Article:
Bengal Cat

Bengal CatThe Bengal is descended from crosses between wild Asian Leopard Cats and domestic shorthairs. The first Bengal breeding program began in 1963 and the breed was first accepted for championship status in TICA in 1984.

It is a large cat with a short glossy coat. While most commonly seen in the brown spotted tabby pattern, they may also be found in the marbled pattern (classic tabby).

Glittering refers to an effect on the coat that makes it looks as if the coat was sprinkled with glitter; rosetted refers to the spots forming distinct patterns, preferably with more than one color tone within the spot. Seal sepia, seal lynx, and seal mink, color patterns with a pale white or cream background, are popularly referred to as "snow" Bengals.

 

Well-bred Bengals are active, intelligent companions. Buyers should ask how many generations removed Bengal kittens are from wild blood; the best companion cats are at least four generations removed. Most pet Bengals are wild only in looks, not in personality.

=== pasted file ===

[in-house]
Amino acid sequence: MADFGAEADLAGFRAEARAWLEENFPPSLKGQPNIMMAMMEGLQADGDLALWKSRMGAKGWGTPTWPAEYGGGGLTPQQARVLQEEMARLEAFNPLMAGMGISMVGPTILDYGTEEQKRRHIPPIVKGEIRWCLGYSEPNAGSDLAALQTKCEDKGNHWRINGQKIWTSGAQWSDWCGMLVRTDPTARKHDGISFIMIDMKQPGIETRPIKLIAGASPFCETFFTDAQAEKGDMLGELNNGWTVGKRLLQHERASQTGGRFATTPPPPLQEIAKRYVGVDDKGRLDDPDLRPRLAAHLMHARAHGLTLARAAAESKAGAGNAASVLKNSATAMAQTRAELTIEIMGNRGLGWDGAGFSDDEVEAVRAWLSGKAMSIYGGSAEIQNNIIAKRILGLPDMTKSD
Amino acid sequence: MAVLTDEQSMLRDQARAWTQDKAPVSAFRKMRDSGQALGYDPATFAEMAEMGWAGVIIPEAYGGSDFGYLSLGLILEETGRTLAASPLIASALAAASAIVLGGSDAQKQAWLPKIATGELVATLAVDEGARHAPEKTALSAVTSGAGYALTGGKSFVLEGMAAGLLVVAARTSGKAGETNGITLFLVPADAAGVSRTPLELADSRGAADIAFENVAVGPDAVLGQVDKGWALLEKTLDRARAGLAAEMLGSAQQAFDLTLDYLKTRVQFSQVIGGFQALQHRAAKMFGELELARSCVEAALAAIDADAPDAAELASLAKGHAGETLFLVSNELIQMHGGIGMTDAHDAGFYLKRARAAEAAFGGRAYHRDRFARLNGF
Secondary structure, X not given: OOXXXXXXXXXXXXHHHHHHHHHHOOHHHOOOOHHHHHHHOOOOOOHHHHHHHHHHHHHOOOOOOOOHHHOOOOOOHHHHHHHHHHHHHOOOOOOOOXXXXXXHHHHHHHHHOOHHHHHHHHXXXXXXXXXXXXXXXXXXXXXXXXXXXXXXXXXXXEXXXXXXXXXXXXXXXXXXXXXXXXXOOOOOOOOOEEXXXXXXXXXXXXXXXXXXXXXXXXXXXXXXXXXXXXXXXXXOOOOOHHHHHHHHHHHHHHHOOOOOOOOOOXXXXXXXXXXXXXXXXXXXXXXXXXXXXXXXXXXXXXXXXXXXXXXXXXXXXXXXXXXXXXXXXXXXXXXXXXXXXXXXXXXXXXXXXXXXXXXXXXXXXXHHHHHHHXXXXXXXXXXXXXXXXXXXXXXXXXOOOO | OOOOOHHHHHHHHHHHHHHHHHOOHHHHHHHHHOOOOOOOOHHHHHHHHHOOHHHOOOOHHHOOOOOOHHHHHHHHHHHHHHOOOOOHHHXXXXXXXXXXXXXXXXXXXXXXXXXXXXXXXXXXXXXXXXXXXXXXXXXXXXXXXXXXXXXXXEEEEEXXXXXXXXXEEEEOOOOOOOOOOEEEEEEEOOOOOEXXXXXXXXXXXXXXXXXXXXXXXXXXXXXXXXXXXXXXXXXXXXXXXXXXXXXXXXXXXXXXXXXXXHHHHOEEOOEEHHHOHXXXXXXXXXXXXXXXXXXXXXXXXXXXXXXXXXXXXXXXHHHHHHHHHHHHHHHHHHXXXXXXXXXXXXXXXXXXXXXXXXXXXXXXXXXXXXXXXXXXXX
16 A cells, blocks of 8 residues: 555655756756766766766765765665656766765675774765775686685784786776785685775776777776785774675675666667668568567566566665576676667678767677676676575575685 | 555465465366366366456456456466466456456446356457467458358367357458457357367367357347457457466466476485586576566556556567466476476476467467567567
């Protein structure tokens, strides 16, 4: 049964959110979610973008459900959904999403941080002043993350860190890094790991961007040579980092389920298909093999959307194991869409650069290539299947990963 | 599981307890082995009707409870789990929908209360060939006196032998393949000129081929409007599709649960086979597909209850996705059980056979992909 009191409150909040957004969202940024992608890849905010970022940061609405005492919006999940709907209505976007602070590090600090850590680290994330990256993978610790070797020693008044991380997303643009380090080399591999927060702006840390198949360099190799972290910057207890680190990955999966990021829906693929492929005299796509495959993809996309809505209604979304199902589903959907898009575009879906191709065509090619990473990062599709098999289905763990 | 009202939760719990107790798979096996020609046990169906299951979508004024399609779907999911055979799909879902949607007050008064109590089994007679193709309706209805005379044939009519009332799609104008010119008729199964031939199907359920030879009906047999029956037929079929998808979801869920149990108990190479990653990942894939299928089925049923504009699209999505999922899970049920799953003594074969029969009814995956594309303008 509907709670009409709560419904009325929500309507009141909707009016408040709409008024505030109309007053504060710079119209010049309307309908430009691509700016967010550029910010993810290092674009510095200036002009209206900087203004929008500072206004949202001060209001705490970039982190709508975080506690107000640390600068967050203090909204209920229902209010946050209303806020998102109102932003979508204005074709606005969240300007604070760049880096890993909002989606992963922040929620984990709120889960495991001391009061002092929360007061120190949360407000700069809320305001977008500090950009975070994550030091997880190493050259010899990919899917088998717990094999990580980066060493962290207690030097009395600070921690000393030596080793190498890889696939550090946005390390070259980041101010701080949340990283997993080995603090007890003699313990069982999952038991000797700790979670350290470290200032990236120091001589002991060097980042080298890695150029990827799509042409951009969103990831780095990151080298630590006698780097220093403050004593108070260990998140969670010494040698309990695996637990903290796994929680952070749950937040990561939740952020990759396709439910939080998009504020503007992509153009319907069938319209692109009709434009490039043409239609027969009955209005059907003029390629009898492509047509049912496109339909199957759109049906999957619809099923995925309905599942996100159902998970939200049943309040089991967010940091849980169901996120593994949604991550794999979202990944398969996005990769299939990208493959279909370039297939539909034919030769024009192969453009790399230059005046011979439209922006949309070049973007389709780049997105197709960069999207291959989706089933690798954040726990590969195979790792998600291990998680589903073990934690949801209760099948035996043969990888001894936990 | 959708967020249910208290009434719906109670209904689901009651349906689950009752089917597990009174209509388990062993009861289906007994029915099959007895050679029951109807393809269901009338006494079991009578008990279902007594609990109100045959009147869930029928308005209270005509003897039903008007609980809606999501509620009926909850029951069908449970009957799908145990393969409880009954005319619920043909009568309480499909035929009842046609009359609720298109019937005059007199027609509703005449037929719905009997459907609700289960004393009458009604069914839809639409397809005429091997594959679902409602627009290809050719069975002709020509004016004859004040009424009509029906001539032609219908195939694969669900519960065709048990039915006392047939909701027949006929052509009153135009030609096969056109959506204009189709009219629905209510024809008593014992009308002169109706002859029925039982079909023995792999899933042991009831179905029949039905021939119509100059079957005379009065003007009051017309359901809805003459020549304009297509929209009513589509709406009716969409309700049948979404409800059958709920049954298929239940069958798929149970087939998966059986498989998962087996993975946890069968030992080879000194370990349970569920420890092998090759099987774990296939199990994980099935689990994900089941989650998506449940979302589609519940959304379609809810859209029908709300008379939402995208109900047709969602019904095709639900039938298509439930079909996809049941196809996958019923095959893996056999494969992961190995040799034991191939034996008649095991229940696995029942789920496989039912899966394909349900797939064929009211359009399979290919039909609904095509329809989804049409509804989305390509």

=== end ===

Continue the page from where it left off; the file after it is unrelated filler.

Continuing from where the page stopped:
Interesting fact: An SBT (stud book tradition) Bengal represents at least four generations of Bengal-to-Bengal breeding, and thus will be no less than four generations removed from wild blood. F1 through F4 (filial) Bengals are anywhere from one to four generations removed (F1 is the offspring of a Bengal-to-Asian Leopard Cat breeding, an F2 is the offspring of Bengal-to-Bengal breeding with at least one F1 involved, and so on). An SBT cat would thus be at least an F5. Most pet Bengals are F4s or SBTs; cats with more wild blood than that may make difficult pets.

Associations: The Bengal is currently accepted by most associations except CFA.

Provided with permission of Barbara French
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